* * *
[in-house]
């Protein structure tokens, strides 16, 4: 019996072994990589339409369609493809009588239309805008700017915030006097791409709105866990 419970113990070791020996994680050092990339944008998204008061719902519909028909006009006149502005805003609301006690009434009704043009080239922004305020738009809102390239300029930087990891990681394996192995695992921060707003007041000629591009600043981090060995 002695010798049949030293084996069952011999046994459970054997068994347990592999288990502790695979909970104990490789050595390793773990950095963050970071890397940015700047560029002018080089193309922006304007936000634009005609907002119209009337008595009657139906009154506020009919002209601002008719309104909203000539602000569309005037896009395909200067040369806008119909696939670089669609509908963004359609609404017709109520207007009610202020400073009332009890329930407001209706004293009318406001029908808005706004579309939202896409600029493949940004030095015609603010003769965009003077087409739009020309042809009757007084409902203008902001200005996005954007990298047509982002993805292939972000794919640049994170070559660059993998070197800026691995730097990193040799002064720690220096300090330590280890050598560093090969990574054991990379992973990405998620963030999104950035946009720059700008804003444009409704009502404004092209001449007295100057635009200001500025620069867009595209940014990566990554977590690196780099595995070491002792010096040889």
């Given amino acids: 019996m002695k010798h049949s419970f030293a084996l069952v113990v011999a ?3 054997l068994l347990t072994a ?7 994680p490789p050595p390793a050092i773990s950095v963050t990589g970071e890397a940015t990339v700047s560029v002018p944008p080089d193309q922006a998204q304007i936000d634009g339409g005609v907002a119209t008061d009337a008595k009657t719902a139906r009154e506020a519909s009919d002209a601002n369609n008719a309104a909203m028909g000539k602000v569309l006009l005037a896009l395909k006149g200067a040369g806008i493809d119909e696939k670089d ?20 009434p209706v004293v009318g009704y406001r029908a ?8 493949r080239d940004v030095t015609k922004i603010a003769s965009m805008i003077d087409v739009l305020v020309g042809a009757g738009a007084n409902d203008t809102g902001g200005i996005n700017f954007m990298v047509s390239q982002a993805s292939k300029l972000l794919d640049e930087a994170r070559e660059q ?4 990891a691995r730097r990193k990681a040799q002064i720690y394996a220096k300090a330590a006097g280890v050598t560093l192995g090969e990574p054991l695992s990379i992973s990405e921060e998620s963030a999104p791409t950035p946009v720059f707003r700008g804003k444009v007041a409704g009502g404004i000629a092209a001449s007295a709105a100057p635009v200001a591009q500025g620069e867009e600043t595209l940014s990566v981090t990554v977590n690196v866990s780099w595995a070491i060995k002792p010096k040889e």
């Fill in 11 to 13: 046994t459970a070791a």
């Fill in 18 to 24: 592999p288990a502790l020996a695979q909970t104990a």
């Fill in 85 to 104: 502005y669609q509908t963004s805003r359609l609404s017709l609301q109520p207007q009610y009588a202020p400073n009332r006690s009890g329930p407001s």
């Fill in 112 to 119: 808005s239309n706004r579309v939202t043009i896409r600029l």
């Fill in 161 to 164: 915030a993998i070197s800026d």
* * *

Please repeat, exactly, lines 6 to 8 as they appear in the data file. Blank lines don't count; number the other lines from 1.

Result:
């Fill in 85 to 104: 502005y669609q509908t963004s805003r359609l609404s017709l609301q109520p207007q009610y009588a202020p400073n009332r006690s009890g329930p407001s």
């Fill in 112 to 119: 808005s239309n706004r579309v939202t043009i896409r600029l």
């Fill in 161 to 164: 915030a993998i070197s800026d």